National Secretary, United Voice
Home Town: Sydney
Louise Tarrant is demurely-dressed and softly-spoken – an unlikely radical if ever there was one. Yet she, as much as anyone else, is redefining what it means to be a unionist in 21st century Australia.
Tarrant is the national secretary of United Voice, a left-wing union representing 120,000 workers in some of our most precarious and poorly-paid industries: childcare, aged care, cleaning, and hospitality.
Over the past two decades, she's been the most influential local advocate of the so-called "organising model" – a controversial approach that repositions unions as grassroots campaigning machines, rather than bargaining outfits, and eschews militancy in favour of constructive relationships with employers.
She's a philosopher, a persuader and a risk taker. Just look at her decision to ditch her union's former name (the Liquor, Hospitality and Miscellaneous Workers Union). Or to launch The First Star, a wotif-style website encouraging travellers to make bookings with ethical luxury hotels.
"She has left-field ideas, she challenges people, she tries different things," says ACTU assistant secretary Tim Lyons.
"She doesn't have a huge public profile but she has an intellectual take on things that is compelling."
Chris Walton, a former senior ACTU official, describes Tarrant as "the conscience of the Australian union movement and a real talent".
But she has her critics too.
Some branch officials were angry she didn't speak out against Julia Gillard's pre-commitment pokies deal with Andrew Wilkie (United Voice represents workers in pubs, clubs and hotels).
Traditionalists also see her tactics as too soft and fluffy.
"Louise Tarrant runs a cult, not a union," remarks one union and ALP insider. "They're all about organising members, not servicing them. A lot of people think they've drunk the Kool Aid".
Tarrant laughs off the cult leader tag during an interview with The Power Index in her Sydney office. But she has a potent message for her doubters: resist change at your peril.
"Too much is happening around us for us just to restrict ourselves to the workplace. We exist to make positive change in workers' lives. That's our benchmark and we've struggled in recent decades to deliver on that promise."
The most recent example, of course, of a union spectacularly failing to deliver on its promise is the Health Services Union. And the excesses of the HSU are clearly on Tarrant's mind during our interview.
"We're not a big spending union, we're a very lean organisation," says the proud penny pincher, who shifted United Voice's national office from the CBD to Redfern to save money.
When United Voice officials travel interstate, they're also expected to catch public transport from the airport rather than taxis.
"We're really conscious that when we spend money, it's out of a low income worker's pocket."
Tarrant knows what it's like to be poorly paid: she started out as a telephone operator at the Sydney GPO and became active in the telephonists' union. Before joining the LHMU full-time in 1993, she worked as a consultant on union amalgamation campaigns and recruitment strategies.
Tarrant has drawn much inspiration over many years from United Voice's US sister union: the Services Employees International Union (SEIU). More recently, she's been taken by the Occupy movement's ability to put equality at the heart of economic debate in America.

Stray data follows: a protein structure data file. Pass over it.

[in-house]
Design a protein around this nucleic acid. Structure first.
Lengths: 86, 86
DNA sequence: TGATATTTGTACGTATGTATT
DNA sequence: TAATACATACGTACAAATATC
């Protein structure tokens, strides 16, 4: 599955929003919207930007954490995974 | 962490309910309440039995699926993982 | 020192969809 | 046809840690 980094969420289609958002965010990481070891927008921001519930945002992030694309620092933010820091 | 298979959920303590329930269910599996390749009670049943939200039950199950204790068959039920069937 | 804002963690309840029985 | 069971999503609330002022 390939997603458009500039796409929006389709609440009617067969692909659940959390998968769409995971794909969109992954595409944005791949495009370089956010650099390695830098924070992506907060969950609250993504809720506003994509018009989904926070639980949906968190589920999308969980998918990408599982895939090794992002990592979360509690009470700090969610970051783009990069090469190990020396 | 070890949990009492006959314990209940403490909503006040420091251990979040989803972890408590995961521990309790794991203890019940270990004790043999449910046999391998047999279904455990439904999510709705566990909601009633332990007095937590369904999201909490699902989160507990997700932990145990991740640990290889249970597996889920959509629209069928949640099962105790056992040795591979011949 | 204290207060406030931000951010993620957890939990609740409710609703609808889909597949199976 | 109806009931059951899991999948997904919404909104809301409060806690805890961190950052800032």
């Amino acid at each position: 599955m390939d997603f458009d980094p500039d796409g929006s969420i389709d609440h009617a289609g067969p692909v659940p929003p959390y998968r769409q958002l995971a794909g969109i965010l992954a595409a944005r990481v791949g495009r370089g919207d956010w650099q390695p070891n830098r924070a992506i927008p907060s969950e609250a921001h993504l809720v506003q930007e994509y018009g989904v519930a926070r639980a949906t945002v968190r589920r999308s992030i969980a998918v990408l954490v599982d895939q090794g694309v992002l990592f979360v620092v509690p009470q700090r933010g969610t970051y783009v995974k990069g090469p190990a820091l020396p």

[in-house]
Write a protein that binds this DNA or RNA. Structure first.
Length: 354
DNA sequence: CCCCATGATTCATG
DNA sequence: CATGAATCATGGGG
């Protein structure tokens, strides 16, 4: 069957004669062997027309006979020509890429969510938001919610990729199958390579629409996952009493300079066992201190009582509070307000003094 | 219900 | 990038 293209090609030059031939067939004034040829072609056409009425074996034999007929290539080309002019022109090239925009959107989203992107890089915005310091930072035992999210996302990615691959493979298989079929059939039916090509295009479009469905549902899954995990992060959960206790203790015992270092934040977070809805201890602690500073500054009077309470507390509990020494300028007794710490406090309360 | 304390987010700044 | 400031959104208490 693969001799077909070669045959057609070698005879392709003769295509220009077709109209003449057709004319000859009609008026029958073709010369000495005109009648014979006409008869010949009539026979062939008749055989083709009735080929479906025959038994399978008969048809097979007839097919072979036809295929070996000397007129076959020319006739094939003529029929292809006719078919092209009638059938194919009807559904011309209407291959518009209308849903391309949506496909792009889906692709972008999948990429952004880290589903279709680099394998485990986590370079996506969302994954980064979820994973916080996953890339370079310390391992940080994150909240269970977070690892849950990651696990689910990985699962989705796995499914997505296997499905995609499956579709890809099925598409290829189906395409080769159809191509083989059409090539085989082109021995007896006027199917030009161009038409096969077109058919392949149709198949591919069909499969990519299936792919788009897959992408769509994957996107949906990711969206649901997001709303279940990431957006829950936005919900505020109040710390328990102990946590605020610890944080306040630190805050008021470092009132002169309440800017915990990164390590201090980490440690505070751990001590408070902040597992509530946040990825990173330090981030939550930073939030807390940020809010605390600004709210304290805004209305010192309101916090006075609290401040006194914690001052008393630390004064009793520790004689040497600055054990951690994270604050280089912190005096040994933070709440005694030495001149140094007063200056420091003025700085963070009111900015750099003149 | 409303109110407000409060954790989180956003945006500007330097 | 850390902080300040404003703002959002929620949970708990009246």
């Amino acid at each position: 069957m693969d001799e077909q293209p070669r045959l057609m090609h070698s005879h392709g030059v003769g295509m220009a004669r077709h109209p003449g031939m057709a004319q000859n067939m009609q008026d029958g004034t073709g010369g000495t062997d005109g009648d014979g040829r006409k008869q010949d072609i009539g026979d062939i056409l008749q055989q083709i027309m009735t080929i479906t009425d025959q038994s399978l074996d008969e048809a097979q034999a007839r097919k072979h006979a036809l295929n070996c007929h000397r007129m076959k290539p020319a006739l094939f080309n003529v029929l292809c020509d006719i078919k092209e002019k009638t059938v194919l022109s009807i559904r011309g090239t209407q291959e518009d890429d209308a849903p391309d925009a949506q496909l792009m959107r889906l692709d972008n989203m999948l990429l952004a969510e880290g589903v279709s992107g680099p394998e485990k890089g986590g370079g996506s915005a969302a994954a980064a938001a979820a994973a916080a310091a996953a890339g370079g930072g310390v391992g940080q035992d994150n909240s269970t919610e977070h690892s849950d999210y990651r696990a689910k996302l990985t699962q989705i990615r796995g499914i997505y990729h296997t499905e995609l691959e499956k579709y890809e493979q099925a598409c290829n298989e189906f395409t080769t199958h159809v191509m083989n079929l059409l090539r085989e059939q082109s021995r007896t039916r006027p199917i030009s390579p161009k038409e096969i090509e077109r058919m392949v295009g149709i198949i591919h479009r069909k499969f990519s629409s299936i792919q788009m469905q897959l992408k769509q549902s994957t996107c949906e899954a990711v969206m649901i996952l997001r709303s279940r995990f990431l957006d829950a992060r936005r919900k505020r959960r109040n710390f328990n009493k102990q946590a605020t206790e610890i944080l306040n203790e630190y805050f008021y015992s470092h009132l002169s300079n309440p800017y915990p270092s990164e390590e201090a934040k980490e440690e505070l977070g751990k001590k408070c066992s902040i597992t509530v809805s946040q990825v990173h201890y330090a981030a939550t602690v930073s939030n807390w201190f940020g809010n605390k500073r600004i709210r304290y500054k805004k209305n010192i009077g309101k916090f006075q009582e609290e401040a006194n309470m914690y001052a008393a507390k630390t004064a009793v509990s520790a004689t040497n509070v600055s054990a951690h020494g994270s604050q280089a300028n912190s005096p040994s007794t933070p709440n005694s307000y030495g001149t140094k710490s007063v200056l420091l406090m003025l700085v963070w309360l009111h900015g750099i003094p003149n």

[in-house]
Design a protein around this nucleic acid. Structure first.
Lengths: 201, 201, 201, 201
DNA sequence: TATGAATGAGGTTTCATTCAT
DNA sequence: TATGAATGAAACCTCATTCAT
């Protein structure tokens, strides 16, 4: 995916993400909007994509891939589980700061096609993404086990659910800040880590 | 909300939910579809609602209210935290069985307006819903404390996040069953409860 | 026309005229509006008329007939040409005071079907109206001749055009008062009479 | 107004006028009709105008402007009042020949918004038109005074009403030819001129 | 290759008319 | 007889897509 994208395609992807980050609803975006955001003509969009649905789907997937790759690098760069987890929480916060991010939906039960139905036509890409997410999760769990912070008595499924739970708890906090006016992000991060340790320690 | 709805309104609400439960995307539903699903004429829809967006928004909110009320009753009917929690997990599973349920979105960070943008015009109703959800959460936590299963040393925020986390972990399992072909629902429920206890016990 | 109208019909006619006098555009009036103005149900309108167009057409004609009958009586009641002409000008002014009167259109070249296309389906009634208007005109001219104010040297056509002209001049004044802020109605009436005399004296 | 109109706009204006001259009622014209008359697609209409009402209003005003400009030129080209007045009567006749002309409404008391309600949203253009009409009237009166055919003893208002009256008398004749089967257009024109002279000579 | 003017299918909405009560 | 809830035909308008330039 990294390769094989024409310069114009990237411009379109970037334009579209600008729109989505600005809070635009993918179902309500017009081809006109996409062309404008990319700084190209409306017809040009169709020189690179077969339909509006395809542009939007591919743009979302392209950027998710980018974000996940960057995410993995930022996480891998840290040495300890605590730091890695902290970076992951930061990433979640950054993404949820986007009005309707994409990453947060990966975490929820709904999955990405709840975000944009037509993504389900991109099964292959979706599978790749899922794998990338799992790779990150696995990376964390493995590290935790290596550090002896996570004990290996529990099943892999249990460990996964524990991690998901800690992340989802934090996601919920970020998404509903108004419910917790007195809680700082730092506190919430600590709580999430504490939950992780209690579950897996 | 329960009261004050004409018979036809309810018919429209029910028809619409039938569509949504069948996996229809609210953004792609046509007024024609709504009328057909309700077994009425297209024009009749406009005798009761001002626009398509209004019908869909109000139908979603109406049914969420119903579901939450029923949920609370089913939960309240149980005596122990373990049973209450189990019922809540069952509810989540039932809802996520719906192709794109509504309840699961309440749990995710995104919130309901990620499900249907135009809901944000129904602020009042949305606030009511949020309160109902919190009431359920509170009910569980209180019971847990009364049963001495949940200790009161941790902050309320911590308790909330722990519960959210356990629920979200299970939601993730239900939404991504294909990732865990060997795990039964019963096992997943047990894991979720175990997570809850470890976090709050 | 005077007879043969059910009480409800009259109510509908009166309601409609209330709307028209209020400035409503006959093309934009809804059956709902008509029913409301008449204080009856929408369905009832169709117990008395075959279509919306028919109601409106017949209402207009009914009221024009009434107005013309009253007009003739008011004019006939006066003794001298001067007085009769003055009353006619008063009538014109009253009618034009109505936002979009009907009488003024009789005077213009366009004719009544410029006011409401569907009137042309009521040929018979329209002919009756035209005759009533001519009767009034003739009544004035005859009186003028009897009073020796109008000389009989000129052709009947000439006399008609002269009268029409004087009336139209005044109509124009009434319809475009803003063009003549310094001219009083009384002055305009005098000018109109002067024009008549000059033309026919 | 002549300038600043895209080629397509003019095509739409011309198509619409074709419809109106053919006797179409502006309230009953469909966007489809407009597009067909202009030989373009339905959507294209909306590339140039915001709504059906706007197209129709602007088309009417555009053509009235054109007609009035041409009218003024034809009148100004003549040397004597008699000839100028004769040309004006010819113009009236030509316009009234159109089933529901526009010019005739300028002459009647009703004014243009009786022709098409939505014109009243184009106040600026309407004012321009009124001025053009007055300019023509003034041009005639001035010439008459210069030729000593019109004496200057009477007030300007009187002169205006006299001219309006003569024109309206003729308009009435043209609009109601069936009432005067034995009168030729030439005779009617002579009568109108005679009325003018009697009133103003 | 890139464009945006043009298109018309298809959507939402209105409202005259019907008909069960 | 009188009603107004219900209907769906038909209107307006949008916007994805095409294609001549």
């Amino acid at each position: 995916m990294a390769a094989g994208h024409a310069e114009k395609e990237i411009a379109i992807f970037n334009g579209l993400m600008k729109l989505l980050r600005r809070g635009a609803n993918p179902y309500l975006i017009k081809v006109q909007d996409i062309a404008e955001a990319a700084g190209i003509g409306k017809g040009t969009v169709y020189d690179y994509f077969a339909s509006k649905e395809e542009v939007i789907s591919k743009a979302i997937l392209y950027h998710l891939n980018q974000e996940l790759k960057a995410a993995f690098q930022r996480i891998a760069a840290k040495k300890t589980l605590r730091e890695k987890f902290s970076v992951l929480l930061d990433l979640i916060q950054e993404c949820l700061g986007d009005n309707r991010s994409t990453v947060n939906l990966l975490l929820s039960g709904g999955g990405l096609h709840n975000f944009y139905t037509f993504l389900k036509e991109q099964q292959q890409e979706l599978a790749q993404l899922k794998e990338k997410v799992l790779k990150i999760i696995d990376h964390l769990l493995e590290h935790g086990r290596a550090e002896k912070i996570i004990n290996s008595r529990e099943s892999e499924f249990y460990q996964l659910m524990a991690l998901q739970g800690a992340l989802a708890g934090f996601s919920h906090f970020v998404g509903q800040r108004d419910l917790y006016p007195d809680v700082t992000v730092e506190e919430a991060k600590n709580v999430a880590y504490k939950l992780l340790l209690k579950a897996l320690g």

"In most of our areas it's very difficult to bargain through traditional strategies. We've got to change the economics of an industry to deliver something for workers."
This approach has paid off spectacularly with Clean Start – a local version of the SEIU's famous Justice for Janitors campaign. The seven-year long crusade has achieved increased hours and pay rises of up to $200 a week for office cleaners through agreements with property owners, contractors and governments.
United Voice is now pushing to extend these conditions to cleaners working in shopping centres – a move that has embroiled Tarrant in a stoush with cleaning giant Spotless, which is refusing to sign up.
Years of lobbying for increased aged care funding were rewarded in the recent budget, with the Gillard government committing $1.2 billion to tackle labour shortages.
Not that there haven't been setbacks.
Last year, United Voice ran the first test case under the Fair Work Act's low-paid bargaining stream. Fair Work Australia ruled that aged-care workers can use the new bargaining powers – but only if they are not already covered by enterprise agreements. Tarrant slammed the decision as an "insult" because it excludes two thirds of the workforce from access to low paid bargaining.
Her call for the government to lift the pay rates of child care workers by 30% – at a cost of $1.3 billion a year – has so far fallen on deaf ears.
So is she tempted to enter parliament and advocate change from within?
No, Tarrant says. Going into politics would be a "backwards step".
"I'd hate to think people see the union movement as a stepping stone.
"It's easy when you're amongst the lowest paid to feel powerless; it's easy to feel like someone else should do something for you. Yet our members don't feel that way. They're really committed to creating a better tomorrow and I just think that's really exciting to be part of ... I can't think of a better job."